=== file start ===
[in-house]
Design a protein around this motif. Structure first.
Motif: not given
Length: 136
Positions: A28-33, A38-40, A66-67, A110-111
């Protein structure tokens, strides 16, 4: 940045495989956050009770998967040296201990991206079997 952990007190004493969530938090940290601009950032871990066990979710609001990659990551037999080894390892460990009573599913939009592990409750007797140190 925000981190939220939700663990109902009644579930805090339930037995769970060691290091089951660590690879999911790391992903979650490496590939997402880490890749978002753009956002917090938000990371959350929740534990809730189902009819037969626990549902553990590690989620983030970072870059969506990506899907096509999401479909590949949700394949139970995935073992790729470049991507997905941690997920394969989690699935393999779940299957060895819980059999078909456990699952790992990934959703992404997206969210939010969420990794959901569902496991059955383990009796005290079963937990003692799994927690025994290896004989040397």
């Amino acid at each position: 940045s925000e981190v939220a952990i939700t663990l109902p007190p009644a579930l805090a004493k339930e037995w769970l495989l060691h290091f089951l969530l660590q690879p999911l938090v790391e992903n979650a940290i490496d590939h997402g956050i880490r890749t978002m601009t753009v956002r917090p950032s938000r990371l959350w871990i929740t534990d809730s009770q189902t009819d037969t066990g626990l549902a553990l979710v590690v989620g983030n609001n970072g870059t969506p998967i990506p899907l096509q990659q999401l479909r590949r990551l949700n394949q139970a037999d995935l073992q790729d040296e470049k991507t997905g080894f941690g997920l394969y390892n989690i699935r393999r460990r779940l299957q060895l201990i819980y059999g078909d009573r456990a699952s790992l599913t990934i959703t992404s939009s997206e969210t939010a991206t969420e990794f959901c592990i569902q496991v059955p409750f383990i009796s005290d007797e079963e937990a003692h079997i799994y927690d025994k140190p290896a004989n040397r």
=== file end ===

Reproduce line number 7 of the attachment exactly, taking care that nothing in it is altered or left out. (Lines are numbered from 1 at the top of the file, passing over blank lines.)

């Amino acid at each position: 940045s925000e981190v939220a952990i939700t663990l109902p007190p009644a579930l805090a004493k339930e037995w769970l495989l060691h290091f089951l969530l660590q690879p999911l938090v790391e992903n979650a940290i490496d590939h997402g956050i880490r890749t978002m601009t753009v956002r917090p950032s938000r990371l959350w871990i929740t534990d809730s009770q189902t009819d037969t066990g626990l549902a553990l979710v590690v989620g983030n609001n970072g870059t969506p998967i990506p899907l096509q990659q999401l479909r590949r990551l949700n394949q139970a037999d995935l073992q790729d040296e470049k991507t997905g080894f941690g997920l394969y390892n989690i699935r393999r460990r779940l299957q060895l201990i819980y059999g078909d009573r456990a699952s790992l599913t990934i959703t992404s939009s997206e969210t939010a991206t969420e990794f959901c592990i569902q496991v059955p409750f383990i009796s005290d007797e079963e937990a003692h079997i799994y927690d025994k140190p290896a004989n040397r």